The Tholian Web
Written by Judy Burns and Chet Richards
Directed by Herb Wallerstein and Ralph Senensky (uncredited)

Season 3, Episode 9
Production episode: 3×09
Original air date: November 15, 1968
Star date:5693.2

Mission summary

On the Enterprise bridge, Chekov and Sulu look like they regret whatever they had for lunch, but it turns out that space itself is disagreeing with them–Spock reports that it’s “literally breaking up.” Kirk is used to bad breakups, but this is causing all sorts of wonky sensor readings and the warp engines are inexplicably losing power. Then Chekov notices a ghostly ship ahead on the main viewscreen: the U.S.S. Defiant, a Constitution-class Federation ship which has been missing for three weeks. In this case they can only trust what they see with their own eyes, because sensors indicate their sister ship isn’t actually there. There’s no response to hails, so there’s only one thing to do–beam aboard to check things out.

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38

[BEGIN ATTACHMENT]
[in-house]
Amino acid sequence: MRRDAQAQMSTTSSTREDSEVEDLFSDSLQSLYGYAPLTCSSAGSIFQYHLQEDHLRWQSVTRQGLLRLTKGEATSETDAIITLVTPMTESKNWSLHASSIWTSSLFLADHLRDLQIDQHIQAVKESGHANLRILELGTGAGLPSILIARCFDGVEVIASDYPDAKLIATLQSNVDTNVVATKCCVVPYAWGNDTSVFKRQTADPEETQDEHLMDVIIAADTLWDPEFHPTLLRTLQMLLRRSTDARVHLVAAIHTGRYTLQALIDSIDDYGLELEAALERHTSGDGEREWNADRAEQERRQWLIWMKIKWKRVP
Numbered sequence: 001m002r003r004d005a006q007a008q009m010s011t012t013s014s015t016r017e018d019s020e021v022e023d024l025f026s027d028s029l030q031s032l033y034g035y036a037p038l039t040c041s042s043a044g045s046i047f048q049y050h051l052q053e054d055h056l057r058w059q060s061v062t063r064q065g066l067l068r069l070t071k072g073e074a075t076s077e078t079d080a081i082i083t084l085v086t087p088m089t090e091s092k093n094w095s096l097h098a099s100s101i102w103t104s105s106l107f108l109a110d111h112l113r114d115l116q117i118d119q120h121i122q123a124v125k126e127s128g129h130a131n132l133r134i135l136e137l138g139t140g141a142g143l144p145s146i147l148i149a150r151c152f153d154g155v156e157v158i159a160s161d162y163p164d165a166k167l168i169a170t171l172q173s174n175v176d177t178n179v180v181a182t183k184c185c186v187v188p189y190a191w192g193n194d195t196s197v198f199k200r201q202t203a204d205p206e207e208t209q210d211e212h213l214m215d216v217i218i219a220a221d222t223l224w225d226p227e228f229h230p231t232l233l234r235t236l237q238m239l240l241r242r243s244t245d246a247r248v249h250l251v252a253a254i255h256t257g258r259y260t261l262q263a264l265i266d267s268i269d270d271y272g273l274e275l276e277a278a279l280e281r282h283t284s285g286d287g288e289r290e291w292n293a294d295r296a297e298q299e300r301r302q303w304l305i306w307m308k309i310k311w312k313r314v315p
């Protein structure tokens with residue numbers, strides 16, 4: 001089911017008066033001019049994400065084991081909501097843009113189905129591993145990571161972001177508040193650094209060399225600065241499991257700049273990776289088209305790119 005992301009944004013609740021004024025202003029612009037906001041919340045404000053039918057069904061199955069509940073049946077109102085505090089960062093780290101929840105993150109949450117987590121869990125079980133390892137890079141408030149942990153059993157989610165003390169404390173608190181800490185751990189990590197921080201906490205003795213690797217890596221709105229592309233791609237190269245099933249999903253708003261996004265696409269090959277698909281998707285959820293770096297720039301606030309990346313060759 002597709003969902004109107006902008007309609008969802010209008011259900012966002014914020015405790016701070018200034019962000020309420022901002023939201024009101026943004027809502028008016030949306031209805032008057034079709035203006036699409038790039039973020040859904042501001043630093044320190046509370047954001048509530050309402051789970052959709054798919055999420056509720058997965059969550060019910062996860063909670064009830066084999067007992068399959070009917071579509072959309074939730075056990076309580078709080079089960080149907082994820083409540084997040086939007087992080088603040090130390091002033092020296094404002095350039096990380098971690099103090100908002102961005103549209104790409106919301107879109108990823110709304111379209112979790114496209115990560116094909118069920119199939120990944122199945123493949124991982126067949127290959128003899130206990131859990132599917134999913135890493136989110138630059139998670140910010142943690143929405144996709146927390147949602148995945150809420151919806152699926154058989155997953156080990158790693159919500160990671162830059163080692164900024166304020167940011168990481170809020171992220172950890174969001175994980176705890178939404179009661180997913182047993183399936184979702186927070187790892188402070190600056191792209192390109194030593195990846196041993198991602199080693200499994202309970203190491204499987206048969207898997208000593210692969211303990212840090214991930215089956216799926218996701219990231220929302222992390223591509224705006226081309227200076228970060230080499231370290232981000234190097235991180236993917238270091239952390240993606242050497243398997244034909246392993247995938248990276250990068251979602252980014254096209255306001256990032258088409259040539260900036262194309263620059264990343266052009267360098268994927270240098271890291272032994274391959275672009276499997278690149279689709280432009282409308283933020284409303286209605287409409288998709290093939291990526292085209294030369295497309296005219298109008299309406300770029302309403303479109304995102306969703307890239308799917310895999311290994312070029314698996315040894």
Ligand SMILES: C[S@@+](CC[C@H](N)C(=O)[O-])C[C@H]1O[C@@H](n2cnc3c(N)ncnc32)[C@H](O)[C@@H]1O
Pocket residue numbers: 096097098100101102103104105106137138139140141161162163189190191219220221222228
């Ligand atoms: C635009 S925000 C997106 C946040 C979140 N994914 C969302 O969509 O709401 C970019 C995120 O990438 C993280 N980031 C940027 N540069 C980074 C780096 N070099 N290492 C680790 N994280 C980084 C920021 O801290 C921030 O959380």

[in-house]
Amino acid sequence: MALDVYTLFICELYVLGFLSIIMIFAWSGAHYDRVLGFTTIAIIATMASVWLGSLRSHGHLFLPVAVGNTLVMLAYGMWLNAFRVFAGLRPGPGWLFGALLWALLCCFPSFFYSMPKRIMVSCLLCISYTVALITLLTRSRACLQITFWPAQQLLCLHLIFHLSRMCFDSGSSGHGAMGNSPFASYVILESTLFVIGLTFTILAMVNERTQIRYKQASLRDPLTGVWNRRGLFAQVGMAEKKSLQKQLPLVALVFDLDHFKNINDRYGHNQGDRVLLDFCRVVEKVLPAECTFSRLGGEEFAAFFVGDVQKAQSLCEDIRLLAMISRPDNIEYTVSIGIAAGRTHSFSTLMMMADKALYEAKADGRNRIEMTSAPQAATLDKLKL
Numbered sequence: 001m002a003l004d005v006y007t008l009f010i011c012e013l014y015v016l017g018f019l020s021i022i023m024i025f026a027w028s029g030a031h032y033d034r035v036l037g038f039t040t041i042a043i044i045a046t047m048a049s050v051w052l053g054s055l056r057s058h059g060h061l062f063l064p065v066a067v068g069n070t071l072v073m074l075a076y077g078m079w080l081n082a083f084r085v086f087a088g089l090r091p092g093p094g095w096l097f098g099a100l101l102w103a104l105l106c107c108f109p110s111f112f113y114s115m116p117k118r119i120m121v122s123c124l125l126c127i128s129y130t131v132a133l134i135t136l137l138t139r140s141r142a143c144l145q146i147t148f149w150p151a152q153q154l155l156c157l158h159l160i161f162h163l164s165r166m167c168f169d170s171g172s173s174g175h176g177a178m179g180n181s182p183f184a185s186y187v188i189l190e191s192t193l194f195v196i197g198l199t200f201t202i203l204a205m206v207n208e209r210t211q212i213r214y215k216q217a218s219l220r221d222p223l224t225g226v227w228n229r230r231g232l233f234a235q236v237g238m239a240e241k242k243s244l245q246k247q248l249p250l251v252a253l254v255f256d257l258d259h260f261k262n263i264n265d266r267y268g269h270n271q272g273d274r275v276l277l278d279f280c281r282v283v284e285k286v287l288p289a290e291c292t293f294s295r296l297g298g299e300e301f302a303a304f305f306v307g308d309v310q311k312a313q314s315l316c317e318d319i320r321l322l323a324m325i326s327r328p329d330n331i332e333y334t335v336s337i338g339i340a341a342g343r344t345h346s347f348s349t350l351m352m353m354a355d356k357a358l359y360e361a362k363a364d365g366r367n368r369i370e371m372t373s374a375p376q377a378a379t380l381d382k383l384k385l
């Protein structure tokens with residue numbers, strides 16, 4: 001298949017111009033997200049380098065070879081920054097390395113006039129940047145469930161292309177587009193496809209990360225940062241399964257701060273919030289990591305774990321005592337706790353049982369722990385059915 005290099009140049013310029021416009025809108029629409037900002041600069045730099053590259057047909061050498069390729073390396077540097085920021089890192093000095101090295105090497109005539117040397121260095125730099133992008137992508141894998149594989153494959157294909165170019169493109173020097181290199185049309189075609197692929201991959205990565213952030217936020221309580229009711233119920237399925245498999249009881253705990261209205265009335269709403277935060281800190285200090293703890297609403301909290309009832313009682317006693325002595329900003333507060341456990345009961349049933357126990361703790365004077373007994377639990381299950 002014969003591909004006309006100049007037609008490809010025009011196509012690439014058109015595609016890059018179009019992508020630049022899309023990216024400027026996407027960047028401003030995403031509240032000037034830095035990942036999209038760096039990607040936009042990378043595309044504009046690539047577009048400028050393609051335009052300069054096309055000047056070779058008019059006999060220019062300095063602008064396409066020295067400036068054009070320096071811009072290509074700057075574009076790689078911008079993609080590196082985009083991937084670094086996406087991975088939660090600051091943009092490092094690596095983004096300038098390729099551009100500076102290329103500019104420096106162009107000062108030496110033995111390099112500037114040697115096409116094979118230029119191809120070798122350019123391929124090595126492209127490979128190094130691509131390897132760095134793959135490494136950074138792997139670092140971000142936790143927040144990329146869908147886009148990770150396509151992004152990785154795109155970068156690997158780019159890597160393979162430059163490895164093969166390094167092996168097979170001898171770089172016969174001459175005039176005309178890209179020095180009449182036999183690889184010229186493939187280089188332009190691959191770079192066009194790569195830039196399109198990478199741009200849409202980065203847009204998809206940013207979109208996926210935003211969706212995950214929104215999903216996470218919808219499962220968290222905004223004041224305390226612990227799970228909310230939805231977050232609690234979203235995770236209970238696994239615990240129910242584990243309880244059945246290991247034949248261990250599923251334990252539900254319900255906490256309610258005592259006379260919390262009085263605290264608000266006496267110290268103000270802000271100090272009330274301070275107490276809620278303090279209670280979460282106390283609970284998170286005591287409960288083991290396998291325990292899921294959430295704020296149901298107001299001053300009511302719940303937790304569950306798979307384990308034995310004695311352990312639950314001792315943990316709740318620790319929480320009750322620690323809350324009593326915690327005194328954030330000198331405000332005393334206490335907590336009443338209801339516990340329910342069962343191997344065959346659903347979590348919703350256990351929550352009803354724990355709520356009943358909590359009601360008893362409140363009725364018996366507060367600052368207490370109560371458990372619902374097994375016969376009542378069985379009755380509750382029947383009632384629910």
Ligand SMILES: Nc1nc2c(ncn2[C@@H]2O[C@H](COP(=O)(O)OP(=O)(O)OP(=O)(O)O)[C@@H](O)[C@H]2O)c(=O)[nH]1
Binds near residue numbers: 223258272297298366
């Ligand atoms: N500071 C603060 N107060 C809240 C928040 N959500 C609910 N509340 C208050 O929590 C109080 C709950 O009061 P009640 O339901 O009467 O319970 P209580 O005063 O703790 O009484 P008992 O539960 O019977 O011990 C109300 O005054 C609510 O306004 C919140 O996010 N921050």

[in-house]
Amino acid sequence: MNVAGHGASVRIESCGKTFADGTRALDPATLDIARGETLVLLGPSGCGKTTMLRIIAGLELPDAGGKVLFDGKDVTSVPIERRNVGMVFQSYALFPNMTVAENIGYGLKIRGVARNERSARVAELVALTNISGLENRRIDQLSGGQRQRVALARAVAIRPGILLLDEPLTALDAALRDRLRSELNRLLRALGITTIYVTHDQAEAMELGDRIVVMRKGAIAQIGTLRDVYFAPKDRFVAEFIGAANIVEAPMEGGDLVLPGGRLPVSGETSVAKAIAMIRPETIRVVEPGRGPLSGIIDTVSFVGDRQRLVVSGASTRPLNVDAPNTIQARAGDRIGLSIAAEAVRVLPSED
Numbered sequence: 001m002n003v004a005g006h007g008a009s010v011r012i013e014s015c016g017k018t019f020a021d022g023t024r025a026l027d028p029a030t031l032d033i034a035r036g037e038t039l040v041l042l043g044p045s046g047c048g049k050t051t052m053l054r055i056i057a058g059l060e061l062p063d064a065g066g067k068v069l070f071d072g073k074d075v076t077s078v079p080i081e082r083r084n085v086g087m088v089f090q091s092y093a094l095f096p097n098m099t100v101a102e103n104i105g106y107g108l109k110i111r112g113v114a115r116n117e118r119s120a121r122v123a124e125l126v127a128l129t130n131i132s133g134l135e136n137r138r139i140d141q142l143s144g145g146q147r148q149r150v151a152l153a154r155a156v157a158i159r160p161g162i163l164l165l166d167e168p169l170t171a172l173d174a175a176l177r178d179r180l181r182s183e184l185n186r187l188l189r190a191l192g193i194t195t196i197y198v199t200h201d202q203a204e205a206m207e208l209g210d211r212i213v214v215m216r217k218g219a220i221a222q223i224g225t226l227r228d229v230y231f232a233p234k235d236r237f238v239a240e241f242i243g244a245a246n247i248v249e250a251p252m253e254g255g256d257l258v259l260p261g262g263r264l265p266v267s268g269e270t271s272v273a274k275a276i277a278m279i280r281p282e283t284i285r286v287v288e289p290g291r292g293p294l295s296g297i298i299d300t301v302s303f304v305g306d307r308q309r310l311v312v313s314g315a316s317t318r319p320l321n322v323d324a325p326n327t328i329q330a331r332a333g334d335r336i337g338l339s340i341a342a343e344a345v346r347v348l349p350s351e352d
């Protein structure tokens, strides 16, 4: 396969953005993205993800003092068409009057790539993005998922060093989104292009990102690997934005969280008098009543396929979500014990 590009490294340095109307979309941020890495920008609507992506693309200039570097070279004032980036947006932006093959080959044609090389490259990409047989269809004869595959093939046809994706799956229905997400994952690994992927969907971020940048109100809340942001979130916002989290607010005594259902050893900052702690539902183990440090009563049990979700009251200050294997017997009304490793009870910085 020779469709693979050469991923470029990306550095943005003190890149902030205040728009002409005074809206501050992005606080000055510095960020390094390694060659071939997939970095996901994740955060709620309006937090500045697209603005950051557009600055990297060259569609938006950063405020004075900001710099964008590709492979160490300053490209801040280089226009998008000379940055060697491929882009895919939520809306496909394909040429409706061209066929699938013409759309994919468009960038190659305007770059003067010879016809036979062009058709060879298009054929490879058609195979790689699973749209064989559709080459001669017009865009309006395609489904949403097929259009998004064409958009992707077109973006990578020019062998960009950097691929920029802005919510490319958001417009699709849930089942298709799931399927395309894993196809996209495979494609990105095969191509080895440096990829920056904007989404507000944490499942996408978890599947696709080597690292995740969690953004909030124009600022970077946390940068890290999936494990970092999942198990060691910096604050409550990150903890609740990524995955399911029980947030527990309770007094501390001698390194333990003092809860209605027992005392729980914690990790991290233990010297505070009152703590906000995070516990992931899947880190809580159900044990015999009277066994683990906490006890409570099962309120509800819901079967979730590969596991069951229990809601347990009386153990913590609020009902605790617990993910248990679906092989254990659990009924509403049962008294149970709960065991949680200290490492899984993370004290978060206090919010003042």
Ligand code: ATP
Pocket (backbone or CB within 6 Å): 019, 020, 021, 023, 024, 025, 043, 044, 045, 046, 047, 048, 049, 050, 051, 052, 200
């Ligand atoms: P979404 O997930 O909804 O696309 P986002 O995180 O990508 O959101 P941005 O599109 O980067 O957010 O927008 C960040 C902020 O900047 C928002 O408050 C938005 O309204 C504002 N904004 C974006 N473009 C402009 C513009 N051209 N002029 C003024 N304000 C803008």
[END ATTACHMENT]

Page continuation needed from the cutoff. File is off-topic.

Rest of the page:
Star Trek Re-Watch: “For the World is Hollow and I Have Touched the Sky”

For the World is Hollow and I Have Touched the Sky
Written by Rik Vollaerts
Directed by Tony Leader

Season 3, Episode 8
Production episode: 3×10
Original air date: November 8, 1968
Star date: 5476.3

Mission summary

With Spock in the captain’s chair, six archaic, sub-light speed missiles are headed straight for the Enterprise. Kirk quickly takes command (where was he, exactly?) and orders the missiles destroyed. Easy enough, but where did they come from? Sulu plots a course to the missiles’ origin to answer just that question.

Meanwhile, Dr. McCoy and Nurse Chapel are having it out in sickbay. Kirk arrives just in time to break up the fight–but Chapel looks sad, not angry, and McCoy asks her to leave.  Kirk notes tactlessly that that “was quite a scene” (lack of subtlety will be a hallmark of this episode) and wants to know what the emergency is:

MCCOY: I’ve just completed the standard physical examinations for the entire crew. […] The crew is fit. I found nothing unusual, with one exception.
KIRK: Serious?
MCCOY: Terminal.
KIRK: What is it?
MCCOY: Xenopolycythemia. It has no cure.
KIRK: Who?
MCCOY: He has one year to live.
KIRK: Who is it?
MCCOY: The ship’s Chief Medical Officer.